Answering questions from journalists, Mr. Thompson said the fighting was now concentrated on the periphery of Tigray region, so WFP hoped to be able to gain greater access as soon as it could get assurances that the areas it needed to reach were clear of fighting. Even then, great care would need to be taken because of explosive remnants of war. Discussions were ongoing with the aim of allowing an air bridge to be established. People were dying because of the lack of access for humanitarian actors and more would die if they were not allowed to provide assistance.
Rhéal LeBlanc, for the United Nations Information Service (UNIS), said the Secretary-General had said on Tuesday that the events in the Tigray region of Ethiopia were extremely worrisome and showed that there was no military solution to the crisis. He had spoken with Prime Minister Abiy Ahmed and was hopeful that an effective cessation of hostilities would take place. It was essential that civilians were protected, humanitarian aid reached the people in need and a political solution was found. Mr. LeBlanc added that 419 United Nations staff were involved in supporting the humanitarian response in Mekelle and Shire in Tigray region.
First WFP food convoy arrives in Bolivarian Republic of Venezuela
Tomson Phiri, for the World Food Programme (WFP), said that WFP had moved its first food supplies to its logistics hub in Maracaibo, Venezuela, as it prepared to launch its school meals programme for vulnerable school children and school employees in the country. It would provide take-home rations including rice, lentils, salt and vegetable oil, prioritizing school children under the age of 6 in areas most affected by food insecurity. The 42,000 food packages arriving in Maracaibo will be distributed in the first month of operation. The aim was to reach up to 185,000 children and school personnel by the end of the year and expand that geographically and numerically to 1.5 million by the end of the 2022-2023 school year. WFP would manage its own supply chain, from purchasing food to distributing it in schools.
Further information is available here.
Situation of children in the Niger
Aboubacry Tall, for the United Nations Children’s Fund (UNICEF), said that this year, 3.8 million people, including 2.1 million children or 18% of children in Niger, would need humanitarian assistance in the Niger. Many of those in need were in hard-to-reach areas with limited humanitarian access. The situation was the result of a combination of factors: recurring armed conflict, displacement, malnutrition, epidemics and climate-related disasters, as well as the socioeconomic impacts of the COVID-19 pandemic.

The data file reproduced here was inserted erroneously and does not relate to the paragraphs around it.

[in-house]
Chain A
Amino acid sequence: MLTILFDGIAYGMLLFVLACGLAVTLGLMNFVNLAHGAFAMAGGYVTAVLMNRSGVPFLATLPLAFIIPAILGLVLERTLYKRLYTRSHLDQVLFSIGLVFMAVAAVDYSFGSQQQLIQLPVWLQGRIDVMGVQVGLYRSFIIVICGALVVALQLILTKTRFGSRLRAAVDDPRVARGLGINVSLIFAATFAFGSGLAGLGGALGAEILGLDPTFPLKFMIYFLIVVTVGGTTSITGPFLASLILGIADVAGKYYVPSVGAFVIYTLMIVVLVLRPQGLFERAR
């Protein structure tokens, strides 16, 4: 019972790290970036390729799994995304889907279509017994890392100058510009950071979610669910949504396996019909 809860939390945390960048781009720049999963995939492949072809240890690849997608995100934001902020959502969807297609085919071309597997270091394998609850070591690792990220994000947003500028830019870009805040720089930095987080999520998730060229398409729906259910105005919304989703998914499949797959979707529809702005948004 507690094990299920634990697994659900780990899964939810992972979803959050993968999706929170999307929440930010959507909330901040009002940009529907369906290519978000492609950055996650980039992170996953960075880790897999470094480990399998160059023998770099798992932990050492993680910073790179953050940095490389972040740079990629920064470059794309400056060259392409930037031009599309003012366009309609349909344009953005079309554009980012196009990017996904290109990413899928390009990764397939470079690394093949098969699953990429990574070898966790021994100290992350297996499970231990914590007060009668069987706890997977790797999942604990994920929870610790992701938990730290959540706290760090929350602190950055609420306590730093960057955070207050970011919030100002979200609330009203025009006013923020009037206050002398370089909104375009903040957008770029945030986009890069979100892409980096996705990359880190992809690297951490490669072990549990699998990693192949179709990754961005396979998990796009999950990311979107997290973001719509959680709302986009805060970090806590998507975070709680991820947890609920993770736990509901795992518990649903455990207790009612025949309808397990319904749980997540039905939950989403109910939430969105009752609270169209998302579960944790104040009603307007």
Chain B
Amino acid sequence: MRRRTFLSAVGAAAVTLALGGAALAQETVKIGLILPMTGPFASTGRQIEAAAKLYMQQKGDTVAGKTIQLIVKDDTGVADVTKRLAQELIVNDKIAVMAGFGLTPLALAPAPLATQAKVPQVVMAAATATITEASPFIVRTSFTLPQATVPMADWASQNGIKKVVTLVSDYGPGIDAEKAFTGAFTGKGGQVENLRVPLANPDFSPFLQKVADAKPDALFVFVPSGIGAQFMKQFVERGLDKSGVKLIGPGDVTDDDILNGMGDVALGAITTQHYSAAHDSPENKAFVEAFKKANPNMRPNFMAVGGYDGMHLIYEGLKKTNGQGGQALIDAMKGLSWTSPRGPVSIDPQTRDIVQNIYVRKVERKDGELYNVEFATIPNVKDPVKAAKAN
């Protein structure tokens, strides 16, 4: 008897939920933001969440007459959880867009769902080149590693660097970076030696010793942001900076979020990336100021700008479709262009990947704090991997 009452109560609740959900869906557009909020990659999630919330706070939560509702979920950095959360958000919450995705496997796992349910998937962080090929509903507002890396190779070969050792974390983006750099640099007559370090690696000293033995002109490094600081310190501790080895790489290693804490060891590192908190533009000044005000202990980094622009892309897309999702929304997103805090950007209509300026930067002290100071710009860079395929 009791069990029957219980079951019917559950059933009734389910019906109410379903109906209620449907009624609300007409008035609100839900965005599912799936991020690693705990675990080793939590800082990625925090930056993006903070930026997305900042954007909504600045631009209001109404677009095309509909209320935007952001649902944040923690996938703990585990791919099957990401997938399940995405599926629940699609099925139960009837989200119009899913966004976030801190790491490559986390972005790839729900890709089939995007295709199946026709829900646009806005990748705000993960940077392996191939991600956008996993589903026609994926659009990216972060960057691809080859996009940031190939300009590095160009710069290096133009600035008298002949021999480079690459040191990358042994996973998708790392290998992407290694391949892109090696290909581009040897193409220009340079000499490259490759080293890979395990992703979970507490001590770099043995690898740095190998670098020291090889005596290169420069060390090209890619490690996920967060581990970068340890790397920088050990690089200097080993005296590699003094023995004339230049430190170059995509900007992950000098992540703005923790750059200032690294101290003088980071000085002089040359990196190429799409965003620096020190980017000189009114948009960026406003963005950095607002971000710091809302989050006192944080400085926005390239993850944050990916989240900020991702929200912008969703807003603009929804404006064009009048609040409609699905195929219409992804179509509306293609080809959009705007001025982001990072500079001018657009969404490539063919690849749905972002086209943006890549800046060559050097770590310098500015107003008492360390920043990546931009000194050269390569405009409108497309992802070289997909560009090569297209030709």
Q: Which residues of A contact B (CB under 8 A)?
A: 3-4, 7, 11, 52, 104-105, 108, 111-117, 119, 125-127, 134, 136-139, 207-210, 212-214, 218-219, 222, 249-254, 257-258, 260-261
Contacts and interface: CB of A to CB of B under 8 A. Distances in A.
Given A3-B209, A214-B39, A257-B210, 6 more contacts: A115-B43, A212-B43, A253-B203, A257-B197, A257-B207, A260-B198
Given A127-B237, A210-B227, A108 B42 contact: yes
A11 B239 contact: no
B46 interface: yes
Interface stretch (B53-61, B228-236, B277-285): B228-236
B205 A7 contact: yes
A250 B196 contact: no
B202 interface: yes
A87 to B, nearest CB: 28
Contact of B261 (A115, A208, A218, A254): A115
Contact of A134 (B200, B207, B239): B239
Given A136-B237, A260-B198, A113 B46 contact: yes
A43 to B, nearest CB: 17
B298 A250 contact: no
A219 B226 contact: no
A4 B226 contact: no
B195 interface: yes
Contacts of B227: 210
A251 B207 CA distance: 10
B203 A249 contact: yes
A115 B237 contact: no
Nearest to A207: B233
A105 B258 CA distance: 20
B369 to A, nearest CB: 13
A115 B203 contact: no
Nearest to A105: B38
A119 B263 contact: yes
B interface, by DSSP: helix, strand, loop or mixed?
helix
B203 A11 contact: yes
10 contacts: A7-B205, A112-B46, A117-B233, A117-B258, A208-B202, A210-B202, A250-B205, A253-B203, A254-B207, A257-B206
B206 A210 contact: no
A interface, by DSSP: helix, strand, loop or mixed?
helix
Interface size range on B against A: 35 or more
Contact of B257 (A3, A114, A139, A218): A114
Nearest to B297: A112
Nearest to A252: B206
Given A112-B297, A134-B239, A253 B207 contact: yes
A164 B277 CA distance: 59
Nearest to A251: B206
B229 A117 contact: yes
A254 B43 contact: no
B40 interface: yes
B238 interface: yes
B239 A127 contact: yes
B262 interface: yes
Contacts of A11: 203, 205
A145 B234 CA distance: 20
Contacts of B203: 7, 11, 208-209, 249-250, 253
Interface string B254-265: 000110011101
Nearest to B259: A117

Insecurity along the borders with Burkina Faso and Mali had exacerbated needs in Tillabéry and Tahoua, where over 195,000 people were displaced. Attacks on civilians in the Lake Chad region had prevented nearly 269,000 people in Diffa from returning home.
Despite recent efforts, severe acute malnutrition rates and burden remained extremely high. Some 2.2 million people needed nutrition assistance and more than 1.6 million children under five were estimated to suffer from malnutrition, over 450,000 them severely malnourished. The situation was exacerbated by climate disasters: record floods had hit the country in 2020, affecting more than 640,000 people, and forecasts for the 2021 rainy season indicated there would be more this year.
UNICEF was responding to the chronic and acute crises with programmes including nutrition, especially for young infants, and water, sanitation and hygiene, access to schools for displaced children, basic health services and the provision of essential household items. It was appealing for USD 102 million to support assistance programmes for 1.3 million people.
In answer to a question, Mr. Tall said that the problem of malnutrition was cyclical in the Niger. It needed to be prevented from the start of children’s lives, as, even if they recovered, its impact was lifelong. Mr. Tall also said that host communities were generous in sharing their resources with displaced persons, who tried to engage in food production and small business enterprises when they were able to.
Numbers affected by the pandemic were low, although that was possibly a reflection of limited testing capacity, and a vaccination programme assisted by the COVAX facility was expected to cover 20 per cent of the eligible population.
Further information is available here.
Rhéal LeBlanc, for the United Nations Information Service (UNIS), said that the Human Rights Committee would next meet in public at 4 p.m. on 16 July, to consider the progress report of the Rapporteur on follow-up to concluding observations on State party reports. The 132nd session of the Committee would then close on 23 July.
The next plenary meeting of the Conference on Disarmament was scheduled for the 27th of July, still under the presidency of Ambassador Leslie E. Norton of Canada.
Finally, Mr. LeBlanc reminded journalists that, from next week, the regular bi-weekly press briefings would be held in room XXVII of the Palais des Nations.